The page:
Formula 1 Technical Regulations
F1 racing is a highly competitive motorsport featuring the world's best drivers piloting technologically advanced cars at breakneck speeds. The combination of strategy, skill, and speed makes for thrilling races that are filled with drama and unpredictability. With the constant evolution of technology and safety protocol, every season brings both new challenges and new rules. Read on to learn about the technical regulations of Formula 1 racing.
All Formula One participants, including FIA, teams, organizers, drivers, and circuits, are required to abide by the sport's rules and hold an FIA Super License. Vehicles with potentially dangerous construction may be banned by stewards. New technology must be approved by the FIA and can only be used for the current championship. Teams must prove compliance with all regulations to the FIA technical delegate and stewards during competition.
Aerodynamic components are all parts of the car in contact with the external air stream. Components must securely attach and produce a uniform surface. All bodywork must be nominally symmetrical with respect to Y=0, meaning both sides of the vehicle must be identical. Devices that bridge the gap between the car and the ground are prohibited. Compliance with these regulations will be checked digitally using CAD models provided by the teams and may be physically measured during a competition to ensure they remain within specified boundaries.
The car's weight, without fuel, must be more than 796 kg and can include ballast, permitting it is attached and immobile. The mass of the driver and ballast designated for this purpose at no time during competition may be less than 80kg. No substances can be added to the car during competition, and replacement parts must be equal to the original ones. An FIA technical delegate may weigh the car using dry-weather tires if necessary.
The "Power Unit" in a competition refers to the internal combustion engine, turbocharger, and related systems, including energy recovery and control electronics. Only four-stroke, six-cylinder engines are allowed. The engines must have DC sensors to verify energy and power requirements, which must be manufactured and calibrated by the FIA-designated suppliers and cannot be installed within the sealed perimeter of the power unit. The mass of the power unit must be at least 151 kg.
Fuel, Oil, and Cooling Systems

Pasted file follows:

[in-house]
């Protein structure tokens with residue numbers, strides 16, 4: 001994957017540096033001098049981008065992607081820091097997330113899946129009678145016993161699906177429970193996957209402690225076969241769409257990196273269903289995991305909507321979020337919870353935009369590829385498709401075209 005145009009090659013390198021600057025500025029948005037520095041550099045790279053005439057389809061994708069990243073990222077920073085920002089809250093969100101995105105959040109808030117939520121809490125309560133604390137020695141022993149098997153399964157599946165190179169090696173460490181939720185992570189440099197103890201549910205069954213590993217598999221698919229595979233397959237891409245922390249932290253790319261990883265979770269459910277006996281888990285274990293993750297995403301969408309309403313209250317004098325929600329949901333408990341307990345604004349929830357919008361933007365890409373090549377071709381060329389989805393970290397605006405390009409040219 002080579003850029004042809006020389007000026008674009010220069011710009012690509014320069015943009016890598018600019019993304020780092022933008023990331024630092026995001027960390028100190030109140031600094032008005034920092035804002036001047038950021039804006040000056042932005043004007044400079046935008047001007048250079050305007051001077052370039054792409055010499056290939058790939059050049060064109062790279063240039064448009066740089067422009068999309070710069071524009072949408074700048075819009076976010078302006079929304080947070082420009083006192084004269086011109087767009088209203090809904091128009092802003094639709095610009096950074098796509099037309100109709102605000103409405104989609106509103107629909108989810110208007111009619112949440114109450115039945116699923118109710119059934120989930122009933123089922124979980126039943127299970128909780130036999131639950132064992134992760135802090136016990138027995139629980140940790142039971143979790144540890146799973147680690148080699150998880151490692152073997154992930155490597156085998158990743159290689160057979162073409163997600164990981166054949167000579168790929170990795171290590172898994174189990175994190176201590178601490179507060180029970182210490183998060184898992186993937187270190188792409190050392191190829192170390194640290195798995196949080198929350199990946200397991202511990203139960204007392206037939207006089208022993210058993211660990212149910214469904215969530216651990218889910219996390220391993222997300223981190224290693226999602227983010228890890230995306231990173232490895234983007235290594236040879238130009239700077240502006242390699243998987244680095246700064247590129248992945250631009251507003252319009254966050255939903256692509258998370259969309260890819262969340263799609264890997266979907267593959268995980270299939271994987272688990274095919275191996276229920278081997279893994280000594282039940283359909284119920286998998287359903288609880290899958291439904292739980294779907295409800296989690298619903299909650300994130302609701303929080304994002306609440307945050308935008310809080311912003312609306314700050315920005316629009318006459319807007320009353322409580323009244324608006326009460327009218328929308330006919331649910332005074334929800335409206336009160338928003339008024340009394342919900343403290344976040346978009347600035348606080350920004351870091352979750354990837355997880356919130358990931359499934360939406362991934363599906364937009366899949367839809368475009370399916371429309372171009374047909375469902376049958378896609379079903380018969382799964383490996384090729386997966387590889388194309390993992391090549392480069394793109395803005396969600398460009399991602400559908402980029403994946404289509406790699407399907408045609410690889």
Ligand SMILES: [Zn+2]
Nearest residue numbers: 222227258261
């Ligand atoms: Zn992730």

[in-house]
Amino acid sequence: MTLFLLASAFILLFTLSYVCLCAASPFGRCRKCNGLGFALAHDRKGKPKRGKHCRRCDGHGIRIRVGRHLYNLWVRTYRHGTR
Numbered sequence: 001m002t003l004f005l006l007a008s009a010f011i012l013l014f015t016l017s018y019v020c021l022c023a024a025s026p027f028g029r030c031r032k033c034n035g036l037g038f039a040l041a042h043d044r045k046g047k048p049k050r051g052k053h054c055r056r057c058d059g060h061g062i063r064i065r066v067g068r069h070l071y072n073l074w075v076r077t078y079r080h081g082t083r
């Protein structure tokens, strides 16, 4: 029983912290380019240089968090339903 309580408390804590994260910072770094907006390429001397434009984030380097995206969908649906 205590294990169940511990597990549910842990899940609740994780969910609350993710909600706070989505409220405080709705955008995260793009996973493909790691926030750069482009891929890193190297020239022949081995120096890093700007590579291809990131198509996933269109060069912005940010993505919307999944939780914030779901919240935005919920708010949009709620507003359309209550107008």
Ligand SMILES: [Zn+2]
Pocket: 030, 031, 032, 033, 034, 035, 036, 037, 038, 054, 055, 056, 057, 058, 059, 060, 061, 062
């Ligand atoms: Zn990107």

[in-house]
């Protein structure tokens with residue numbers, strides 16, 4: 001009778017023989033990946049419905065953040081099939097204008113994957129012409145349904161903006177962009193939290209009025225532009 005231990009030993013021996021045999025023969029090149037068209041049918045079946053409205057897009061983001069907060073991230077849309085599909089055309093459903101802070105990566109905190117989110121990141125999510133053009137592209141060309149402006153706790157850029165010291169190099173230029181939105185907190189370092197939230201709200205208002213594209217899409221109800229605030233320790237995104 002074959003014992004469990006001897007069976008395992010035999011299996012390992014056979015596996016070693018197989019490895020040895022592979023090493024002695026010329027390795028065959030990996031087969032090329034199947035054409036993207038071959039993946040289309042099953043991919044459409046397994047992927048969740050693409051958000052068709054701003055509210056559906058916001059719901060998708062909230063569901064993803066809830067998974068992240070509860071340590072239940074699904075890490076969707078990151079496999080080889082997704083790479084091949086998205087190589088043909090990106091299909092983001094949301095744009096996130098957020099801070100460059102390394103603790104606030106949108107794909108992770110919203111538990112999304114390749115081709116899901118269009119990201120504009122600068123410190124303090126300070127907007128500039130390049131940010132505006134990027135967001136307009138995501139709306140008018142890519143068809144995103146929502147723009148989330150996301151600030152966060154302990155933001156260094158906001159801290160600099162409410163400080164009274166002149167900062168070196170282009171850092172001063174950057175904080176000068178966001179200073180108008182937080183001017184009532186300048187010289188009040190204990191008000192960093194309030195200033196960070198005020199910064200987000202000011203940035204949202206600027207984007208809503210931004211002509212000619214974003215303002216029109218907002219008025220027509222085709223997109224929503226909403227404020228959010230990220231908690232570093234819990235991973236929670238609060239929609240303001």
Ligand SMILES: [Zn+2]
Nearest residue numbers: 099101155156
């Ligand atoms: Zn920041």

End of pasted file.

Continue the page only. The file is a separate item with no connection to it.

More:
The fuel tank must be a single rubber bladder meeting FIA Standard FT5-1999 specifications, and cannot be used five years after its date of manufacture. It must be equipped with a pressure relief valve, fuel tank pressure sensor, and self-sealing breakaway valve. No coolant or oil lines can pass through the cockpit. Only ambient air is allowed to mix with fuel as an oxidant, and fuel must have prior written approval from the FIA.
An electrical system is any command system or process that utilizes semiconductor or thermionic technology. All on-car software versions must be registered with the FIA. Components of the power unit, fuel system, transmission system, brake system, and others must be controlled by the FIA Standard ECU. The ECUs, control sensors, actuators, and FIA monitoring sensors must be homologated by the FIA. Any data acquisition systems must be physically separate and electrically isolated from control electronics.
The transmission must only drive the two rear wheels, and there must not be any system to prevent the driven wheels from spinning or compensating for excessive torque. Clutch operation must be through paddles, and holding positions are not allowed. The car must be able to disengage the clutch for at least 15 minutes when the engine is stopped. The combined mass of the driveline and gear-change components must be no less than 22 kg.
Brakes, Suspension, Steering, Wheels, and Tires
Cars must be fitted with sprung suspensions. Cars must have independent suspension for each axle and must not use any powered device to alter the suspension configuration. Power-assisted steering is not allowed to be electronically controlled. Cars must have one brake system with a single pedal and two master cylinders, each operating two wheels, one for the front wheels and one for the rear wheels. All car brake calipers must be made from aluminum materials.
Car Construction and Survival Cell
The design of the survival cell and bodywork must make the cockpit easily accessible, and the shape of the survival cell must not be visible from the sides. The space around the driver's head must not be more than 550mm, and no head support can be less than 25mm from any structural part of the car. The car must have two roll structures to prevent injury to the driver in case of an inverted crash.
Safety Structures, Safety Equipment, and Homologation
The FIA reserves the right to modify safety regulations if a weakness is discovered and must be informed of any changes. A 50mm aluminum plate must be attached to the front bulkhead of the survival cell. The car must have two impact-absorbing structures on each side of the survival cell and one in front and behind the gearbox. All structures must be solid and symmetrically attached to the survival cell. All cars must have a fire extinguishing system.